Though temperatures have yet to dip in our neck of the woods (sunny Los Angeles), it’s never a bad idea to employ preventative methods to keep seasonal flu bugs at bay. Come the cold, it’ll be like the zombie apocalypse out there—and as on-the-go women about to enter the year’s busiest season, we refuse to fall prey to the contagion. As it’s not exactly fashion-forward to sport a surgical mask, we’ve put together a short list of practical steps you can take to avoid catching whatever the person who sneezed on you in the elevator has. Here, 5 easy ways you can stay healthy this season (no matter how many germs your co-worker/child/boyfriend/barista might be harboring).
Starve Your Sweet Tooth
Sugar weakens your immune system and causes inflammation. If you must indulge, try to stick to the natural sugars that come from foods like fruit and sweet veggies. (Note: This is just a good rule for overall health, any time of the year.)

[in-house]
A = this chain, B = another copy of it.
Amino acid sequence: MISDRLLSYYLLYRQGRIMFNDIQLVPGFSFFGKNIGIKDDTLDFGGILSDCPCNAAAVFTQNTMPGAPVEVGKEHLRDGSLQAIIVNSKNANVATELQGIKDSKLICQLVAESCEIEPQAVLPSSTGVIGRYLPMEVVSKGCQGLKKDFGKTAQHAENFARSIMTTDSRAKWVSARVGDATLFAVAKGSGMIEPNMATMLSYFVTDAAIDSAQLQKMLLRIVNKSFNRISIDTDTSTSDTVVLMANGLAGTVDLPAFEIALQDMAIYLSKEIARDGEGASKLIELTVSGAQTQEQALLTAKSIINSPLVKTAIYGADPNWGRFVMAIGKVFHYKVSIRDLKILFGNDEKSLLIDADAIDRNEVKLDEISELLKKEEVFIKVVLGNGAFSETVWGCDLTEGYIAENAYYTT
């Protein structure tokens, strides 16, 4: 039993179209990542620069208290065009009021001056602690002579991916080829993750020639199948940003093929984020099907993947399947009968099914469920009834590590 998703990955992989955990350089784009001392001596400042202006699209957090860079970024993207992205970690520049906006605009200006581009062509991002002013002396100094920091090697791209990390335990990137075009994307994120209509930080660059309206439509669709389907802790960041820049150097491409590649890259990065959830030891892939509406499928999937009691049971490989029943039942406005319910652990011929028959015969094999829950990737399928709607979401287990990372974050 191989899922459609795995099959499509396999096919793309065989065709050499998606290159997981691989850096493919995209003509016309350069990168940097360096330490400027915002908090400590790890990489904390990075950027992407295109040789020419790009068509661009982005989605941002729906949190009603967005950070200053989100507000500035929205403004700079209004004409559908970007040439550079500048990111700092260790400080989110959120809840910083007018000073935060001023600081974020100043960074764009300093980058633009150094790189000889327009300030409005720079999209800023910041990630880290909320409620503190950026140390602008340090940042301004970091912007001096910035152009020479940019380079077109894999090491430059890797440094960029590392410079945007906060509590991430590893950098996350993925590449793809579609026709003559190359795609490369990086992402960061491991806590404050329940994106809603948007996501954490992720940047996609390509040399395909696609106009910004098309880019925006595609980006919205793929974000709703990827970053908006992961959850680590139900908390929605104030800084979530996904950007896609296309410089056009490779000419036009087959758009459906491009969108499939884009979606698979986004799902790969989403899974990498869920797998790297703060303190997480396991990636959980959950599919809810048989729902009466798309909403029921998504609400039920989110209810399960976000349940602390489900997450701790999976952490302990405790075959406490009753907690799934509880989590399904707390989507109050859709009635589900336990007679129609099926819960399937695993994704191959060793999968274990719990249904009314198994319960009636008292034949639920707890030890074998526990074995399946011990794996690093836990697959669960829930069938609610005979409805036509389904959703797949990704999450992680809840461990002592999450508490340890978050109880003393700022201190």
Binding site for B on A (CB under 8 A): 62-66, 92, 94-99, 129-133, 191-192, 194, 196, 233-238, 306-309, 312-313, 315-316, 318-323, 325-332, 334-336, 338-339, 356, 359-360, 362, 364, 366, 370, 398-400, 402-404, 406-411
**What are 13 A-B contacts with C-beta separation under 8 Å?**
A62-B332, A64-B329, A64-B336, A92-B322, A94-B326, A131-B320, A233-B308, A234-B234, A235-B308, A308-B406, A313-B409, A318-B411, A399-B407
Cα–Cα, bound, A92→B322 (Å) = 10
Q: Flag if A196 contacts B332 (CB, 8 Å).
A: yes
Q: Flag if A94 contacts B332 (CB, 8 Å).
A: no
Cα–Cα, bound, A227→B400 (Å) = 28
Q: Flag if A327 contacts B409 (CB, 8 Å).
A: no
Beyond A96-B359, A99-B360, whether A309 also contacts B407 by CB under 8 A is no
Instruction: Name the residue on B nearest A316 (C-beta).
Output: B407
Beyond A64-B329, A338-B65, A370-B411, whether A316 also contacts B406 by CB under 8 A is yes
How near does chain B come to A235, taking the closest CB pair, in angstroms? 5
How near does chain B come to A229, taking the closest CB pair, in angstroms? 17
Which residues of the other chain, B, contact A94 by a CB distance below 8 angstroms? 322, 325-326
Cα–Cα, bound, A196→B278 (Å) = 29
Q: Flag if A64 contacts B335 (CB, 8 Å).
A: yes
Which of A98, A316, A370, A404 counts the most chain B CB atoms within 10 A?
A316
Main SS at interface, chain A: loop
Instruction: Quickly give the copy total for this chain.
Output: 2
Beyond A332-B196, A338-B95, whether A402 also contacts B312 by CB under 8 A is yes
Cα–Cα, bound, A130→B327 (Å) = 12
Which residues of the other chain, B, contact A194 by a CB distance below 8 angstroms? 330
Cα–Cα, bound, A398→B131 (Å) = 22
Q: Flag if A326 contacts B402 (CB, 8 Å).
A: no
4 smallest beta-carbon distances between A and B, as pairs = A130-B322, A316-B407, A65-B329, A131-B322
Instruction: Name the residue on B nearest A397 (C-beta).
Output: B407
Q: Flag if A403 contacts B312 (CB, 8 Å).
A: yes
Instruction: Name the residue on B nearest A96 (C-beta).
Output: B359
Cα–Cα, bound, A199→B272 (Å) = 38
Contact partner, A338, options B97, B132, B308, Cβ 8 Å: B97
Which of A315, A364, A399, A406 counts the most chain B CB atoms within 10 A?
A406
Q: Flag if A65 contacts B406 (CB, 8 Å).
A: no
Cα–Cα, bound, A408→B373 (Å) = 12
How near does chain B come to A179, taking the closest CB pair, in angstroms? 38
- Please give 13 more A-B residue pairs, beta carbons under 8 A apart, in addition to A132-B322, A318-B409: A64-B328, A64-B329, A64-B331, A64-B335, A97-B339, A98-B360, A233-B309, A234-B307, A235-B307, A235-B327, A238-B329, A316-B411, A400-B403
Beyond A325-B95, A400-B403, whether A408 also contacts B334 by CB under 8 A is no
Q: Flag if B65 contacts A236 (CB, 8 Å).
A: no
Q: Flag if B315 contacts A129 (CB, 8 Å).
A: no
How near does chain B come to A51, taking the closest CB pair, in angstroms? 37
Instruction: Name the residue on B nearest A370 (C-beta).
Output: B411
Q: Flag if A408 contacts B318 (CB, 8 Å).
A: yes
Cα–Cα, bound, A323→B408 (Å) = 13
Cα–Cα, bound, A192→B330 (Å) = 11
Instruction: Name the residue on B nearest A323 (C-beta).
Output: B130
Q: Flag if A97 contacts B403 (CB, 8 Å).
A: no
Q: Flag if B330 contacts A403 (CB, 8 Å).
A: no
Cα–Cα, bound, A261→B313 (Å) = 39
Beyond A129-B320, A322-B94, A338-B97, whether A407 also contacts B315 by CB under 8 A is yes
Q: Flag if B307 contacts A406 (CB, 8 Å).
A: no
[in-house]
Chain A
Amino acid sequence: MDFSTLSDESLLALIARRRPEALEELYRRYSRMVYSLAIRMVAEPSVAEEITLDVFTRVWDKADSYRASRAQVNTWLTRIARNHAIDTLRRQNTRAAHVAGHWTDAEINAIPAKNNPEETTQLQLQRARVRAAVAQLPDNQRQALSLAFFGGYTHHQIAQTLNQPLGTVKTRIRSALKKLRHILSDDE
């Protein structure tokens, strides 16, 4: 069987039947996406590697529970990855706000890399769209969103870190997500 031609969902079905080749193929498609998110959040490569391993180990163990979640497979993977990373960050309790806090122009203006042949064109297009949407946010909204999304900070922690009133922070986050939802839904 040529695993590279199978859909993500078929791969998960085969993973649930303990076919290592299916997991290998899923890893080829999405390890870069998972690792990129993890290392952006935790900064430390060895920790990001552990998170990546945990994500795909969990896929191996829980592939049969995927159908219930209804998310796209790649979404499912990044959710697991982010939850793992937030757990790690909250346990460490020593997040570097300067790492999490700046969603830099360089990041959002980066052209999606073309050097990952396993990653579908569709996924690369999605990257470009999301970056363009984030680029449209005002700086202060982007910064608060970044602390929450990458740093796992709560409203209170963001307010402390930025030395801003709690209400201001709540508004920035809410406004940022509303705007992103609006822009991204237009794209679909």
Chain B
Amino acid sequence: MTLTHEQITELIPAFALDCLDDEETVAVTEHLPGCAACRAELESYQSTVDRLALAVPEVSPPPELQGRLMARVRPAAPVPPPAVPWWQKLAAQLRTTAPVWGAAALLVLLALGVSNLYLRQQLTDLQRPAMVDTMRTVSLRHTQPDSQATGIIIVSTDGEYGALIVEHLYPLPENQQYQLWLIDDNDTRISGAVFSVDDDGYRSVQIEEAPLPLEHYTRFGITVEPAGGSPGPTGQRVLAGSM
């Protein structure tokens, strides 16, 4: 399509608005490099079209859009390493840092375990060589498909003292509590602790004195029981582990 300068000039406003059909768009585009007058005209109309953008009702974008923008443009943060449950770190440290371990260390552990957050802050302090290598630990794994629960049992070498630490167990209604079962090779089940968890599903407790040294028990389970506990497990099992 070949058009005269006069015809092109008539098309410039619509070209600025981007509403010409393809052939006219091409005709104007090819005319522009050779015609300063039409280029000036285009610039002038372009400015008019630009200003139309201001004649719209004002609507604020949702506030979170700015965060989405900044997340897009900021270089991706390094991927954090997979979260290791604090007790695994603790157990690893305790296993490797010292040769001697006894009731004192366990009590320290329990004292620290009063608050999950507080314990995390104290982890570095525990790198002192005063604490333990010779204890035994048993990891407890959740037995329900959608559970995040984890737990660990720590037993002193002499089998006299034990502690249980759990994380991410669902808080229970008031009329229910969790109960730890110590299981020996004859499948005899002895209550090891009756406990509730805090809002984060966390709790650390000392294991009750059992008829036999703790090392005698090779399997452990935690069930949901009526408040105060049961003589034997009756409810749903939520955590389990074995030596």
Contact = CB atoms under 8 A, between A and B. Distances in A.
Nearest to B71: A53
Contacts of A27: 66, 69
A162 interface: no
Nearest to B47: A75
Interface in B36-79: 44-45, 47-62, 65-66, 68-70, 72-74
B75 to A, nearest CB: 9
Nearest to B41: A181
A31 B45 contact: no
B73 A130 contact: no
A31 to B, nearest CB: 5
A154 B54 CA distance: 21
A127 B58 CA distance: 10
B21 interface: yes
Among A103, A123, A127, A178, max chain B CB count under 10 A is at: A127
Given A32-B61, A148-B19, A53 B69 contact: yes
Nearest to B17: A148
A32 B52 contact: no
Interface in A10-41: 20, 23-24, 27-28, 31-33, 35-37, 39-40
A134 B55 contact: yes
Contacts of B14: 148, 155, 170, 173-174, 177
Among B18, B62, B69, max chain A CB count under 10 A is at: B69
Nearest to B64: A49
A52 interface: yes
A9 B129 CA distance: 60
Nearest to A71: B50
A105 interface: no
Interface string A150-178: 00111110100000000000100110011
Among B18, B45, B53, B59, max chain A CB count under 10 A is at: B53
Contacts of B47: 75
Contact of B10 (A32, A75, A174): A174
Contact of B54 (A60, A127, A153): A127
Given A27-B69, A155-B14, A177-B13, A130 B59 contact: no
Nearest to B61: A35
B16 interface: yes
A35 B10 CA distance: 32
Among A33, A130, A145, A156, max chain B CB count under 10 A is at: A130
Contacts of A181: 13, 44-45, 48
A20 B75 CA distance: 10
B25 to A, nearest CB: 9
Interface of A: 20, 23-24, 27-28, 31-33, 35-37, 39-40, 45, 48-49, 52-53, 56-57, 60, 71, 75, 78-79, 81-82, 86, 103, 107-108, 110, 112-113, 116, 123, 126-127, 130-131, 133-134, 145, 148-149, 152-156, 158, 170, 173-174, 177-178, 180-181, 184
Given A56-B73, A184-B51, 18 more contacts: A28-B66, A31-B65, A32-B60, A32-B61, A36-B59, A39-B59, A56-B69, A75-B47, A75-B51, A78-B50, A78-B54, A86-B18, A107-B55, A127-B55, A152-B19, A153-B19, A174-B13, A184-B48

Eat Garlic & Vitamin C-Rich Foods
Garlic kills bacteria in the body. And since raw garlic is best, we suggest taking out two birds with one stone by adding it to bone broth-based noodle soups, which are also amazing for fighting off infection. Vitamin C, meanwhile, is easy to source through leafy greens. Adding a daily dose of green juice with ginger and lemon to your diet when the people around you start getting sick isn't a bad idea.
Get Sleep & Exercise
Sometimes these two can be easier said than done, but they truly are the pillars of good health. Light exercise and adequate sleep both provide natural boosts to the immune system, so when cold and flu season hits, it’s more important than ever to make sure both remain a priority. If you can get your exercise outdoors, even better.
Take Probiotics & Vitamin D Supplements
It’s becoming increasingly apparent that good health starts in the gut. If you don’t already take a probiotic daily, this is a good time of year to think about incorporating them into your daily routine. Meanwhile, Vitamin D does a lot to support the immune system—Vitamin D supplements have been shown to reduce winter respiratory infections by up to 50%.